In Tribute to My Sister
Jolea Anne Hollyfield-Cooper
Portland OR USA
From New Beginnings, Vol. 25 No. 5, 2008, pp. 24-25
I am a blessed mom of two wonderful children. My six-year-old daughter and three-year-old son were both nursed until they self-weaned.
When I was a new mom, I had a yeast infection in my left breast and dealt with excruciating pain every time my daughter latched on. This lasted about two months until the infection cleared up. I almost gave up and was tempted on several occasions to open the free packet of formula given to me at the hospital. I even tandem nursed for one year after the arrival of my almost nine-pound son. I've lost plenty of sleep while breastfeeding through the night and feel like I've run the gamut of problems with which a breastfeeding mom can be confronted.
I've become quite the breastfeeding advocate over the years. I always believed and knew I was making enough milk and that this milk was meant for my babies. When they were fussy, I nursed more. Demand increases supply. I'm also a type 1 diabetic and never fell prey to others' well meaning yet misinformed advice that my body was ill equipped to handle pregnancy, natural childbirth, and nursing. Confidence was not something I lacked and I got frustrated with other women who tried to nurse but "just couldn't make enough" or for whom "it just didn't work." I believed in myself and knew I could do it if I just kept trying.
I'm the oldest of three children. I've been the bossy, ambitious, know-it-all older sister all my life and felt like a natural leader by birthright. When my sister, Karla, became pregnant a year ago, I felt ready to jump in to offer advice and supply her with all that she needed to breastfeed her baby right from the start. I gave her slings, showed her nursing bras, and provided her with endless breastfeeding literature. A few months into her pregnancy, we learned she was having twins and then that they would arrive early. Suddenly, I felt ill equipped to offer advice. I had never dealt with twins or premature babies! I judged my sister's choices relentlessly (oftentimes behind her back) though I tried to be supportive as much as I could.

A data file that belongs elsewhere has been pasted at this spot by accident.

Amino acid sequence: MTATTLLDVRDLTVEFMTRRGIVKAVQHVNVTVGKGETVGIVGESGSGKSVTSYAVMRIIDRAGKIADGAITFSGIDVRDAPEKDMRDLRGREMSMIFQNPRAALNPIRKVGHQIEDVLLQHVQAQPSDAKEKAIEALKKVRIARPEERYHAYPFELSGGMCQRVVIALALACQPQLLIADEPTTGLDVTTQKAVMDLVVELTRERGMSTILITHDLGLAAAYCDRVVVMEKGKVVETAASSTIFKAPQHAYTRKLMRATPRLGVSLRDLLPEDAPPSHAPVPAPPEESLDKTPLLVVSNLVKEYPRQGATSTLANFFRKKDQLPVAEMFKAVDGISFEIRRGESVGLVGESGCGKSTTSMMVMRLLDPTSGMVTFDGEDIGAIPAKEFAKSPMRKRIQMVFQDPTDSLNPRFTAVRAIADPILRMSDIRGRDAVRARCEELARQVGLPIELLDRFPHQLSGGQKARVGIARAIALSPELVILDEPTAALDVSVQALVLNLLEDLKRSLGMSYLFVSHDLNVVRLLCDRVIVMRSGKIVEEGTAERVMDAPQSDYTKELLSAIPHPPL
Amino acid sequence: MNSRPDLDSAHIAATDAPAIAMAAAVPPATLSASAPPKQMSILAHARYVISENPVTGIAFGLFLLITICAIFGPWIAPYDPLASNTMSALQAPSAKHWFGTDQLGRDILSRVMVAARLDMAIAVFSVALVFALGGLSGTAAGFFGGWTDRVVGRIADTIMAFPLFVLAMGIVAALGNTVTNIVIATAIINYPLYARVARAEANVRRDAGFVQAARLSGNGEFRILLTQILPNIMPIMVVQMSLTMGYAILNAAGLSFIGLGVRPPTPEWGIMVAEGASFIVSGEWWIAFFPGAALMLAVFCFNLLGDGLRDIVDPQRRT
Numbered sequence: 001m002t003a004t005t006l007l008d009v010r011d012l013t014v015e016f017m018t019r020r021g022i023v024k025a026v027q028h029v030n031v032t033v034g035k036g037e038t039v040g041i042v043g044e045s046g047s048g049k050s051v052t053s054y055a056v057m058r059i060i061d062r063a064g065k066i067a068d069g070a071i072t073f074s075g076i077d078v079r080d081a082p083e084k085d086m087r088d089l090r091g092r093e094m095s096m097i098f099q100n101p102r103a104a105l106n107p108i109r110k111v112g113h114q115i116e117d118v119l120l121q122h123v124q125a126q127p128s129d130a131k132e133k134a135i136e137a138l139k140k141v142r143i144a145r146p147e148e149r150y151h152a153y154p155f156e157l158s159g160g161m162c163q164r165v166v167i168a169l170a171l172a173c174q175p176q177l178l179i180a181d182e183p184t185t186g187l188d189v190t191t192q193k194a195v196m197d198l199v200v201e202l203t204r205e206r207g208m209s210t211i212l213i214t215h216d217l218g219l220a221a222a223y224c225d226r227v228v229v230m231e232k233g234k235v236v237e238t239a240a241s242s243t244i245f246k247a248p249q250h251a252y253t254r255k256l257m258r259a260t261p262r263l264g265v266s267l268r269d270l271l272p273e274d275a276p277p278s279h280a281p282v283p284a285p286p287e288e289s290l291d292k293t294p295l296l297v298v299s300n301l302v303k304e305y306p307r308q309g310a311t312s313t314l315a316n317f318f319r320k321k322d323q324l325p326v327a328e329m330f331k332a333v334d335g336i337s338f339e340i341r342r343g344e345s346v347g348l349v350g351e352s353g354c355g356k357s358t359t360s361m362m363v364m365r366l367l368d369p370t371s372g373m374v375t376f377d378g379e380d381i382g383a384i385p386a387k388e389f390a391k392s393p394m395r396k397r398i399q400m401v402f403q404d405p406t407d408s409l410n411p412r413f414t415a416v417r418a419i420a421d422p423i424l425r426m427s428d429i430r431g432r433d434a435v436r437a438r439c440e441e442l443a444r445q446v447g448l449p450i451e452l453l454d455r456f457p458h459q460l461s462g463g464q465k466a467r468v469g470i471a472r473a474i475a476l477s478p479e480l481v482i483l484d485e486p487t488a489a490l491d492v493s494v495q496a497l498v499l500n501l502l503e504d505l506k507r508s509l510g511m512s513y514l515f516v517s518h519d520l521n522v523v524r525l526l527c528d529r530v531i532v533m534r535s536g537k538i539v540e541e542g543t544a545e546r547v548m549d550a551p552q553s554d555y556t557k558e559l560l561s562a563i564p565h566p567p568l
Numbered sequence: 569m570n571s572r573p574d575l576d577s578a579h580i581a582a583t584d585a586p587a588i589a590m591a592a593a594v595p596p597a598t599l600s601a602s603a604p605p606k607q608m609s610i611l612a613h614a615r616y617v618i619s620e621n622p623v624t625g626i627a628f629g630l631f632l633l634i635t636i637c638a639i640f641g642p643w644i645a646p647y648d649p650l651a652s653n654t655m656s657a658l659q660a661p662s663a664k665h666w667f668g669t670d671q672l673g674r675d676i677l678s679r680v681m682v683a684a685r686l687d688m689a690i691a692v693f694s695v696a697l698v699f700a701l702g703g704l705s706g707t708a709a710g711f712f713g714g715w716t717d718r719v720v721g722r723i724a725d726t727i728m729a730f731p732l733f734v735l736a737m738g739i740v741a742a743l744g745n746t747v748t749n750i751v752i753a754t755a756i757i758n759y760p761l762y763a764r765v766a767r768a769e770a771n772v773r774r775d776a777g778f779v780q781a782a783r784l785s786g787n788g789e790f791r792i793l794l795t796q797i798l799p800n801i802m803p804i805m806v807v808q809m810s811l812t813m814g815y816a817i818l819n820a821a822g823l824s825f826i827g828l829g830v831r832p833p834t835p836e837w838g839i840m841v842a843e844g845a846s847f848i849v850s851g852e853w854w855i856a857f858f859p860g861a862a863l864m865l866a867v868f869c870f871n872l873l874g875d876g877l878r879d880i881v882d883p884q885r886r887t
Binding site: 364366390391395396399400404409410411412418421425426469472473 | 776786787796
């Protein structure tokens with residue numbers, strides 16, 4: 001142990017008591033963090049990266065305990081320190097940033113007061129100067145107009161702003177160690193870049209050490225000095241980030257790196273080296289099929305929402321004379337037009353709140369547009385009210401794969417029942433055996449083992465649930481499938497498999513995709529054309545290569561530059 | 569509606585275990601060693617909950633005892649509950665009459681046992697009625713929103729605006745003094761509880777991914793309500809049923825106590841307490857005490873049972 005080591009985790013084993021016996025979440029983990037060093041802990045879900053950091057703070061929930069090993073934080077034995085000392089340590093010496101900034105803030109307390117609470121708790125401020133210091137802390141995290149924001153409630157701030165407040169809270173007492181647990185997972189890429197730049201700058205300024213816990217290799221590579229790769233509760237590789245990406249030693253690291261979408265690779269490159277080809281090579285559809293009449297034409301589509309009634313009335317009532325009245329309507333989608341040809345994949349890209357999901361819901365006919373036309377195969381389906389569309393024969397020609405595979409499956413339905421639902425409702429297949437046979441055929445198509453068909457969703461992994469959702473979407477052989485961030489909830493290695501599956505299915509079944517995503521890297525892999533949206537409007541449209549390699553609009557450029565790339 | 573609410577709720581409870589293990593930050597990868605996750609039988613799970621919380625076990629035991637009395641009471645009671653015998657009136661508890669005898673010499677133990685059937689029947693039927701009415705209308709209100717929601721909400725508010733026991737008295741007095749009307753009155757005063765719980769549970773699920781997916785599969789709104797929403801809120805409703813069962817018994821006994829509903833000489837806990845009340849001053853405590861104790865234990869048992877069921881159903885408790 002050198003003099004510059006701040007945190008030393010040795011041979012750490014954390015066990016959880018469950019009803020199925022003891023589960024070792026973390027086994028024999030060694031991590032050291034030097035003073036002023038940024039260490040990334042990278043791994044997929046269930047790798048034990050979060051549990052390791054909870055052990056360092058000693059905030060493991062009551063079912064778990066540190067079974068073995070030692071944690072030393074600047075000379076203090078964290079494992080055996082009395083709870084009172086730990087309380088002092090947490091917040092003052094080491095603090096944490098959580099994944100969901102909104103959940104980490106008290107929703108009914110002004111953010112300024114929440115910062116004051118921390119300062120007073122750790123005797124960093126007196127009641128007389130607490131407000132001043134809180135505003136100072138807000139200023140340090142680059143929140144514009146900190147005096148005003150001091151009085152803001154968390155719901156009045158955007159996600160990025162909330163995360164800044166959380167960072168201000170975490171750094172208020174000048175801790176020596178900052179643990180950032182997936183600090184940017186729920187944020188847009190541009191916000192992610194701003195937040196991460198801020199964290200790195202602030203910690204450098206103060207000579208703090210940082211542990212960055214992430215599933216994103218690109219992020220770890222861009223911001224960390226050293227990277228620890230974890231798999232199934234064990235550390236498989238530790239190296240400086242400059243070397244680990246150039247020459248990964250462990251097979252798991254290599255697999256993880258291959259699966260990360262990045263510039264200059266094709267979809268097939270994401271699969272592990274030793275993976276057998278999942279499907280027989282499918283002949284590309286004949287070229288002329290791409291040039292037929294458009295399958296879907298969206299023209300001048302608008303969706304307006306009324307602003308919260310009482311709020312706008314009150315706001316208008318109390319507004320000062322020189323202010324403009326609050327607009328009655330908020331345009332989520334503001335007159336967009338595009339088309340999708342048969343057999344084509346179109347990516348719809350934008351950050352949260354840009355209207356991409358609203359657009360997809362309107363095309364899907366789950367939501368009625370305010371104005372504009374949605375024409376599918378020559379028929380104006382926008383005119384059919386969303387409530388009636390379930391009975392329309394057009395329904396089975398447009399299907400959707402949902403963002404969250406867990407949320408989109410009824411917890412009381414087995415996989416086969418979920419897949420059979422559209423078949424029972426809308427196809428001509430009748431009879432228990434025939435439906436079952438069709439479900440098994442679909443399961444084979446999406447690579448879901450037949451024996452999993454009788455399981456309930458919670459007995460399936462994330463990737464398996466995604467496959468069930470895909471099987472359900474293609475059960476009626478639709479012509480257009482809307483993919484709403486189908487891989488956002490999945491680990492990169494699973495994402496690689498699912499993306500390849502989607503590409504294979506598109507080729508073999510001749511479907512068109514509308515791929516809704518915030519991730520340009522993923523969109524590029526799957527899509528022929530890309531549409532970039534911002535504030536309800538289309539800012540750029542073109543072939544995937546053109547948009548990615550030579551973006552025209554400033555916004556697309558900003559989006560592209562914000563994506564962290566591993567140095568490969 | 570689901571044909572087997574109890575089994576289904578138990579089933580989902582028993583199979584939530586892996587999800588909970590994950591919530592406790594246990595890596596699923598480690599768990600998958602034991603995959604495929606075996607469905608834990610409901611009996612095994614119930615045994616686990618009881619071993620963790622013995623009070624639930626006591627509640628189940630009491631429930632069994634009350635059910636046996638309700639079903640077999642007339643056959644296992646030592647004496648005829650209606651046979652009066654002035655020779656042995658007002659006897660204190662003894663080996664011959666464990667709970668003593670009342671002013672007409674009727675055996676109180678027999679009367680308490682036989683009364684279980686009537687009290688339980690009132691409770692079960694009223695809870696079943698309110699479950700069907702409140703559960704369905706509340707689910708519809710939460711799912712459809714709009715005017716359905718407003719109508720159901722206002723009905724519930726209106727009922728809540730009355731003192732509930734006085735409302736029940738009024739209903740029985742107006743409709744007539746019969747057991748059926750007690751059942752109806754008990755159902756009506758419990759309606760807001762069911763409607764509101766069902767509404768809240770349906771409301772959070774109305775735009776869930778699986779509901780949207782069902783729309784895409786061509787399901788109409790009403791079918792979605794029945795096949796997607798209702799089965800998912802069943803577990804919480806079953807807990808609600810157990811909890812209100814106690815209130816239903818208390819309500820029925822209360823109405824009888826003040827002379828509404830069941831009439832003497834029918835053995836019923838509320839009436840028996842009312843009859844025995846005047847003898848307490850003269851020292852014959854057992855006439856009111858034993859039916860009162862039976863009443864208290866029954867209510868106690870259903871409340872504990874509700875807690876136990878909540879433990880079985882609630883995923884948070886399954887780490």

My sister has proven herself to be quite the warrior and self-confident mother battling her way through unchartered territory. She dealt with a lot of adversity that I never had to. Her babies arrived four weeks ahead of schedule and were put in the neonatal intensive care unit. Her youngest had a feeding tube put in and both babies had surgery for pyloric stenosis at three weeks of age. My sister pumped milk for her babies through all these stresses as they were too weak to latch on and suckle. She always put on a happy, strong face for all the worried bystanders, including me. I was overwhelmed with seeing her babies in the hospital, at how little, frail, and fragile they were. My own babies were chunky, healthy, avid nursers right from the get-go. Here was my younger sister with two little premature bundles of joy, struggling to pump milk for them while they lay in their little beds, unable to nurse on their own.
At three months of age and after many struggles, both my nephews are now thriving, nursing full time, and becoming chunky monkeys! My sister has been my greatest teacher through-out this. I applaud you, Karla, for possessing the faith, strength, and fortitude to trudge on through adversity and embody the true spirit of a strong, nursing mama! All your hard work has paid off and your babies are healthy and perfect because of you! Thank you for teaching me more than you'll ever know you have done.
Each mama will have a different breastfeeding experience. Something so natural isn't always so easy. Some women deal with tremendous difficulties, stresses, and sadness that I can't even imagine. My hat goes off to all of you for attempting to breastfeed and I have great respect for those who battle on to breastfeed. Many of us are paving the trail on our own, without an adequate support system to back up our choices and desire to breastfeed. Kudos to you all for simply trying! Much love to my sister and to all the breastfeeding moms of the world.